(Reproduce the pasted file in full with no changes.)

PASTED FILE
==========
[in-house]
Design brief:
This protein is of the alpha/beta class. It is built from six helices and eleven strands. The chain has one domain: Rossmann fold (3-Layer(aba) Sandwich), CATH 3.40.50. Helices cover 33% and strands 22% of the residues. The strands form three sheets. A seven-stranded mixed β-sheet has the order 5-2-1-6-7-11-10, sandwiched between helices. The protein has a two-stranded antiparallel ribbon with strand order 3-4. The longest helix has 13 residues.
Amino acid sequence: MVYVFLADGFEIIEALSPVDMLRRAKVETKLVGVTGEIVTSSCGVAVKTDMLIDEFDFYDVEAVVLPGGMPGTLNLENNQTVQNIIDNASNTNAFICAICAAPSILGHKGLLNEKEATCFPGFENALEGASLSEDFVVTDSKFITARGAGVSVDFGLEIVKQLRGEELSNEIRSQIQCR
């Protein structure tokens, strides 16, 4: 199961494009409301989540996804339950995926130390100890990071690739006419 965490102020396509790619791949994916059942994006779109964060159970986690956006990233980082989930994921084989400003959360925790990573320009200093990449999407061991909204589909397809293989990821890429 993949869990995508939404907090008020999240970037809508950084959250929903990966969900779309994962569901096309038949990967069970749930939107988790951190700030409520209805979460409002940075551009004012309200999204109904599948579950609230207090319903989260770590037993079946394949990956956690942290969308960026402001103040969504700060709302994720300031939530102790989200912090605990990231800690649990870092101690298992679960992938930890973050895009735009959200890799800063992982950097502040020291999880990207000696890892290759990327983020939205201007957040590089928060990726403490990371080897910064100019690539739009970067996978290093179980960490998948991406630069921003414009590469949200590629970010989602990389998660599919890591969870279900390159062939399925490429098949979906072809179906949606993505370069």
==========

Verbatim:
[in-house]
Design brief:
This protein is of the alpha/beta class. It is built from six helices and eleven strands. The chain has one domain: Rossmann fold (3-Layer(aba) Sandwich), CATH 3.40.50. Helices cover 33% and strands 22% of the residues. The strands form three sheets. A seven-stranded mixed β-sheet has the order 5-2-1-6-7-11-10, sandwiched between helices. The protein has a two-stranded antiparallel ribbon with strand order 3-4. The longest helix has 13 residues.
Amino acid sequence: MVYVFLADGFEIIEALSPVDMLRRAKVETKLVGVTGEIVTSSCGVAVKTDMLIDEFDFYDVEAVVLPGGMPGTLNLENNQTVQNIIDNASNTNAFICAICAAPSILGHKGLLNEKEATCFPGFENALEGASLSEDFVVTDSKFITARGAGVSVDFGLEIVKQLRGEELSNEIRSQIQCR
């Protein structure tokens, strides 16, 4: 199961494009409301989540996804339950995926130390100890990071690739006419 965490102020396509790619791949994916059942994006779109964060159970986690956006990233980082989930994921084989400003959360925790990573320009200093990449999407061991909204589909397809293989990821890429 993949869990995508939404907090008020999240970037809508950084959250929903990966969900779309994962569901096309038949990967069970749930939107988790951190700030409520209805979460409002940075551009004012309200999204109904599948579950609230207090319903989260770590037993079946394949990956956690942290969308960026402001103040969504700060709302994720300031939530102790989200912090605990990231800690649990870092101690298992679960992938930890973050895009735009959200890799800063992982950097502040020291999880990207000696890892290759990327983020939205201007957040590089928060990726403490990371080897910064100019690539739009970067996978290093179980960490998948991406630069921003414009590469949200590629970010989602990389998660599919890591969870279900390159062939399925490429098949979906072809179906949606993505370069």